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Explicit Lyrics

Audio and recordings in the United States containing excessive use of profane language

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If used in a proper context I'm all for it.

  • Aug 7, 2010

Explicit lyrics in music is fine with me if it fits in with the song.  But if it's there just to either express faux rage or trying to hide the fact that they can't write meaningful lyrics then I really don't care for it.  It's fine with me if it's used properly in a song but if the performer is saying it just to say it then I don't care for it.  I find that there's a double standard in music today.  Some albums I have listened to in the past use foul language but there's no explicit lyric sticker on the cover of the CD (The Clash's first two albums have a few dirty words in there and The Who's Who Are You has a big one on that song)..  But a rap album could have only a couple of bad words on it and they have a giant explicit lyrics sticker on it. 

Until the matter of double standards in music with the Tipper sticker is cleared up then I don't really mind explicit lyrics in music at all.  Different strokes for different folks I guess.

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review by . August 06, 2010
posted in Music Matters
It's a free country but I have absolutely no use for any of this stuff.
Recently I made up a list here on Lunch that I dubbed “These are a few of my least favorite things”.  For the most part this was kind of a fun list but one of the items that I put near the top of my list was “explicit lyrics”.  I have precious little tolerance for most of this stuff and I have always been baffled by those who listen to this garbage and find it entertaining.   And while I positively detest this music I would never attempt to legislate …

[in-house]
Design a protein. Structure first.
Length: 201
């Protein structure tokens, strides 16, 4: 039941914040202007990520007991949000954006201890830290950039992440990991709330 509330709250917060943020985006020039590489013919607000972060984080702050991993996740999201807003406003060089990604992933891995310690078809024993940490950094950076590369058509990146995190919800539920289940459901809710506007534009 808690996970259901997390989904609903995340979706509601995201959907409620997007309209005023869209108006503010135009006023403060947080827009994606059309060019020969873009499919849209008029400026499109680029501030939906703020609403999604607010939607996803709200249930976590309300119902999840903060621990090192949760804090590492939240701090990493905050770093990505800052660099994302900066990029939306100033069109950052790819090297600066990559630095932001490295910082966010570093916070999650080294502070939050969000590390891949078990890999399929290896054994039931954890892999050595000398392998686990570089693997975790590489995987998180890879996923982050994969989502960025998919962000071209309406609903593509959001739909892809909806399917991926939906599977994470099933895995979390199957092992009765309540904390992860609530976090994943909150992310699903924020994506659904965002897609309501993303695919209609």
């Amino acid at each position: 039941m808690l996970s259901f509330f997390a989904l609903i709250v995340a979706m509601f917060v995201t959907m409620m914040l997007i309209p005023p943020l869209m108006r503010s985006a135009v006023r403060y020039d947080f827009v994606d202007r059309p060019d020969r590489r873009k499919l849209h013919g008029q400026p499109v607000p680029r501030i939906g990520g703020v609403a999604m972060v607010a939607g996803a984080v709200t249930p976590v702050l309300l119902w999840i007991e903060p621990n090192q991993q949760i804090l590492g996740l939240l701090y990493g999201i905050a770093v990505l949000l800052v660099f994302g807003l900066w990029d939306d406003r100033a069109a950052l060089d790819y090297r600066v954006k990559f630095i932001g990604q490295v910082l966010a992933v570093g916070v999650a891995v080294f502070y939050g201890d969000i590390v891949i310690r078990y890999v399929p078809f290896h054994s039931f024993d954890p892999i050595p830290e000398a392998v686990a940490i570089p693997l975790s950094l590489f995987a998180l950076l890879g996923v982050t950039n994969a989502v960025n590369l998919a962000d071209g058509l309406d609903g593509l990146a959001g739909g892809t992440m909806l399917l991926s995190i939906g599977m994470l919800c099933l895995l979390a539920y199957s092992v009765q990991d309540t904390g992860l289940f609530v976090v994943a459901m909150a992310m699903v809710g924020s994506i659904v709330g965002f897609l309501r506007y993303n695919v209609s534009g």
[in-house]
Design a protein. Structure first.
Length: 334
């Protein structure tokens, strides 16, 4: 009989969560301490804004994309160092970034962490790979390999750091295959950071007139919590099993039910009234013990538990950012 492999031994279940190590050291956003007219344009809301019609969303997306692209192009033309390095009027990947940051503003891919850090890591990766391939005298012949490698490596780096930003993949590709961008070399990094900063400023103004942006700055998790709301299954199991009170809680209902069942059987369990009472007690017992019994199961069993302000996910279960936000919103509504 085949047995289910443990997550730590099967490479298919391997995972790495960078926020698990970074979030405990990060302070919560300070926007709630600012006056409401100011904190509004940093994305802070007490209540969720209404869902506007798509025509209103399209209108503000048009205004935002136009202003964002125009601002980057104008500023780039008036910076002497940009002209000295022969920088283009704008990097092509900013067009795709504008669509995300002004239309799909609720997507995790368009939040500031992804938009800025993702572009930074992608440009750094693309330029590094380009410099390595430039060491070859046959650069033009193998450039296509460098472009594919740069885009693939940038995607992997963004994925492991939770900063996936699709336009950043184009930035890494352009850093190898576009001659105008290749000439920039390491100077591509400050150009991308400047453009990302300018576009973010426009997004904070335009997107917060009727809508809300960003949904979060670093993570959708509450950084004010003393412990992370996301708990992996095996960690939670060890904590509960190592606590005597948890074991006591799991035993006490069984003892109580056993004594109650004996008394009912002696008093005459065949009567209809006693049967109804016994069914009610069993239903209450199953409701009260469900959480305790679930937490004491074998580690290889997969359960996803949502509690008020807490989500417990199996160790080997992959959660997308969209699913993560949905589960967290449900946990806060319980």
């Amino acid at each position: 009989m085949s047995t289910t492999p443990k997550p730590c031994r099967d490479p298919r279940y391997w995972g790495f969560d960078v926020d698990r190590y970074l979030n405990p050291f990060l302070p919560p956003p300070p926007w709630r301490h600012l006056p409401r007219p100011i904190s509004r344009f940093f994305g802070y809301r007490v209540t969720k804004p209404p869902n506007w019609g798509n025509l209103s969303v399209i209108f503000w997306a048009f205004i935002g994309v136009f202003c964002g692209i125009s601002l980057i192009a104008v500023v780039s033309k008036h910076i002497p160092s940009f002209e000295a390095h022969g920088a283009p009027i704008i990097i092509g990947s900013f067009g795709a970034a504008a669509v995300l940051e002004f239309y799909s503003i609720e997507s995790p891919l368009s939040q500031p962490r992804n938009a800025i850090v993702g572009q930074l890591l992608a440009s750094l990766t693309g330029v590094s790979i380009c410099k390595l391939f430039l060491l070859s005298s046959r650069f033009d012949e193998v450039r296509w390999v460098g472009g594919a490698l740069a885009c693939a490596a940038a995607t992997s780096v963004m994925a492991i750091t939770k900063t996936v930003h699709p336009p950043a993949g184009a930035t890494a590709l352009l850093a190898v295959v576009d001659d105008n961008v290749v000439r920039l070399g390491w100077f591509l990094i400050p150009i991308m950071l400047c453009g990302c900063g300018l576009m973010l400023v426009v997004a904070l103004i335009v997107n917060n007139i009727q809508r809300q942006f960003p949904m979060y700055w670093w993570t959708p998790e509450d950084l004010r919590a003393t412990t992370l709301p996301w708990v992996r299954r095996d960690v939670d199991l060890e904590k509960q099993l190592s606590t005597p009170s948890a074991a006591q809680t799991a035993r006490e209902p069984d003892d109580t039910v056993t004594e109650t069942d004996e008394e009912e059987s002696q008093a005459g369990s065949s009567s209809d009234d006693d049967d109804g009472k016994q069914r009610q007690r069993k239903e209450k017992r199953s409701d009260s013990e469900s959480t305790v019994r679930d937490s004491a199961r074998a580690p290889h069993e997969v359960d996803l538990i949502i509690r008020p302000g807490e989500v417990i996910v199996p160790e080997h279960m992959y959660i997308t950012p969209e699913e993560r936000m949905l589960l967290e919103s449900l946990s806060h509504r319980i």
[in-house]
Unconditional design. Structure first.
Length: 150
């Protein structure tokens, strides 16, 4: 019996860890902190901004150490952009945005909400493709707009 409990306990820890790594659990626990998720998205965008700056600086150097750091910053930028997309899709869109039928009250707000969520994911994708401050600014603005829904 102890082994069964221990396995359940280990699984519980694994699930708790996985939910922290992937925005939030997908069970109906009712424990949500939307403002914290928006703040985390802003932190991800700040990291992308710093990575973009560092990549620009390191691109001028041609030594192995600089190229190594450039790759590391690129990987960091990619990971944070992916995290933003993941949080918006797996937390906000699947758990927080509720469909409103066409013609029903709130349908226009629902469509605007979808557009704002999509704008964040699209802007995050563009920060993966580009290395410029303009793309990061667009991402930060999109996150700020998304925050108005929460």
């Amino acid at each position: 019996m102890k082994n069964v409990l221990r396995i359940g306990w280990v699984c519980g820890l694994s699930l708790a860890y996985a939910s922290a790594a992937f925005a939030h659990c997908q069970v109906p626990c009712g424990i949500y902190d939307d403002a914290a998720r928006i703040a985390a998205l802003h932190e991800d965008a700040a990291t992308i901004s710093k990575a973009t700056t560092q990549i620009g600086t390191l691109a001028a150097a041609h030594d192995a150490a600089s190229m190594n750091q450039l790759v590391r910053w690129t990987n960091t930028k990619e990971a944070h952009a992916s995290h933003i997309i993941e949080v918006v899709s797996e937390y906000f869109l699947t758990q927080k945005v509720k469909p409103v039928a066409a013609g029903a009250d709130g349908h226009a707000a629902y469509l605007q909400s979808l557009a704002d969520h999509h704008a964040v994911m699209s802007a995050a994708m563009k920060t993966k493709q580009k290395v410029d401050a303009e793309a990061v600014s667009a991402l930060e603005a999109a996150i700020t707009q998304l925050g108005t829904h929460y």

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Parental Advisory is a message affixed by the Recording Industry Association of America (RIAA) to audio and recordings in the United States containing excessive use of profane language. Albums began to be labeled for "explicit lyrics" in 1985, after pressure from the Parents Music Resource Center (PMRC). In 2000, the PMRC worked with the RIAA to standardize the label, creating the now-familiar black and white design. The first albums to receive the label in its new form included Danzig's self-titled album, Soundgarden's Louder Than Love, Guns N Roses's Appetite For Destruction, and 2 Live Crew's As Nasty As They Wanna Be and had the label in the form of a sticker on the cellophane wrap. The first hip hop album that received the label is Ice-T's debut album Rhyme Pays, released in 1987, whose lyrics were associated with gangsta rap, and popularized the genre. Later pressings of Danzig's self-titled, as well as many new albums with the label after 1992, had the label printed onto the artwork. To some, it has become known as the "Tipper sticker" because of Tipper Gore's visible role in the PMRC.

Some retailers (such as Wal-Mart) refuse to sell albums containing the label, and many others limit the sale of such albums to adults only, although, most stores have settled on an age limit of 17 in order to buy an album containing the label. In some countries, however, such as the United Kingdom, albums displaying the sticker are ...

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